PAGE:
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Afterwords: Third Verse, Same as the First

Somehow, I just knew the game was going to overtime.

Not because each of the Dallas Stars’ Game 1s this postseason had gone to overtime. Not because two of the three matchups between Dallas and the Vegas Golden Knights this season went to overtime. Not because, after Stars and Knights fans alike were cheering at the Carolina Hurricanes and Florida Panthers going to almost 5OT, it would have been somewhat karmic.

No, it just felt like it was going to be one of those nights.

Let me explain. First of all, I think the Dallas Stars could go 96-0 in a season if they just learned how to start each game consistently. Or, rather, consistently start them well – last night began like many Stars games have over the Victory Green era, with Dallas looking sluggish to start and getting peppered by the opposition.

But thankfully for the Stars, this wouldn’t be a repeat of the Seattle Kraken series – because lo and behold, playoff Jake Oettinger was back, baby. Even as the Golden Knights outshot-attempted Dallas 16-1, with 11 of those on net, Oettinger didn’t let in a single leaky goal. Whereas many goalies, including Round Two Oettinger, might have cracked under the pressure, the Stars’ netminder kept his cool and just kept shrugging pucks away.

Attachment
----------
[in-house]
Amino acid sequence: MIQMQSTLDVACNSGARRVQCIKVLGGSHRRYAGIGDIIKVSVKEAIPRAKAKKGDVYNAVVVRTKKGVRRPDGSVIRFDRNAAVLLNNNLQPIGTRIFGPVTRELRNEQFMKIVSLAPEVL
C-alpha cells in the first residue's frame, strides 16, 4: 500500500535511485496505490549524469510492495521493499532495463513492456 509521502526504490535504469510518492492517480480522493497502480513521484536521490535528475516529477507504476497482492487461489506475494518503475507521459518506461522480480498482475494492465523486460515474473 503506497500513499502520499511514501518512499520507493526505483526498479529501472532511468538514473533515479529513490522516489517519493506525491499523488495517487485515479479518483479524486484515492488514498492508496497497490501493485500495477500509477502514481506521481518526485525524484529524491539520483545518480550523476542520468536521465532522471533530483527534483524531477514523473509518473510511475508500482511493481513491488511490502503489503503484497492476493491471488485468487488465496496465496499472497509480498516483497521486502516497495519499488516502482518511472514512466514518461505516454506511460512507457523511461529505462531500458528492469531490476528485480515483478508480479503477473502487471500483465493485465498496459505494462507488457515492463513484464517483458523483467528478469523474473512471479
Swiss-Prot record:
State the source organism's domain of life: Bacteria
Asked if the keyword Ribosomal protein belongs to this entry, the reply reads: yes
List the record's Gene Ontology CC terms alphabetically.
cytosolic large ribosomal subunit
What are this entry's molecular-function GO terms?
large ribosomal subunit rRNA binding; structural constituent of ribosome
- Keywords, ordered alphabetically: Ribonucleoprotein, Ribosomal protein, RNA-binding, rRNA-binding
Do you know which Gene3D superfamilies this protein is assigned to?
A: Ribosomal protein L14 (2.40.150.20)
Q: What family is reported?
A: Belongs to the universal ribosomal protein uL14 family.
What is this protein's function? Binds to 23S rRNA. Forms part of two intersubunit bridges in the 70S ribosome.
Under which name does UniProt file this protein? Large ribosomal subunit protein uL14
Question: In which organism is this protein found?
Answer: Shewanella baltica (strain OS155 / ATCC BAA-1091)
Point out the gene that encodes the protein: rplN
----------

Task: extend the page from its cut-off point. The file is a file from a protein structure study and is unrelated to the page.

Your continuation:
That led Dallas to surge in the shot attempts, aided in part by their first power play of the evening (we dare not speak of the dreadful horror that was their second power play). And then, with just over a minute left, the mad man finally did it: Jason Robertson scored a 5-on-5 goal.

No one threw the monkey off of Robertson’s back, but his expression after the goal told it all: he was beyond relieved. Sometimes, all you need is that one goal to get clicking again, and boy did it come at an opportune time – instead of getting clobbered in the first, Dallas would be heading into the locker room leading 1-0.

Robertson had possibly burst the dam open. Oettinger was making stops left and right. The two main concerns for Dallas heading into the Western Conference Final seem to have been alleviated.

…And yet, I could not help but feel that the game was going to overtime. The fact of the matter was, Vegas was still dominating Dallas in scoring chances. The Stars’ defense was getting shelled, including superstar defender Miro Heiskanen. I mean, just look at this:

I’m no hockey expert, but something tells me that things aren’t going well for you when the three defensemen who aren’t getting dominated in the defensive zone happen to be the three guys playing 15 minutes or less across the entire game. And it’s especially bad news when the only one having positive offensive impact – or even just a neutral one – is usually your seventh defenseman.

So as the game continued on, it really felt like this was a case where Vegas would eventually get a singular shot past Oettinger – probably an unlucky bounce – Dallas would fail to score again, and we’d end up going to overtime 1-1.

For awhile there, it looked like we were following that script to a tee – almost halfway through, an unlucky bounce off the end boards brought the puck straight to William Karlsson’s stick, who put it into the wide open net in front of him. You can’t really blame Oettinger, since the rebound happened too quick for him to slide over. I’m not even sure you can blame Ryan Suter, as he was following Karlsson around the net and staying between him and the puck until suddenly the puck was behind them.

It was just, all around, an unlucky break for Dallas. Which, again, is exactly what I expected to happen. Sure enough, Dallas nor Vegas answered back, and the game was tied after 40 minutes. Everythinig was going as forseen.

And then the third period happened.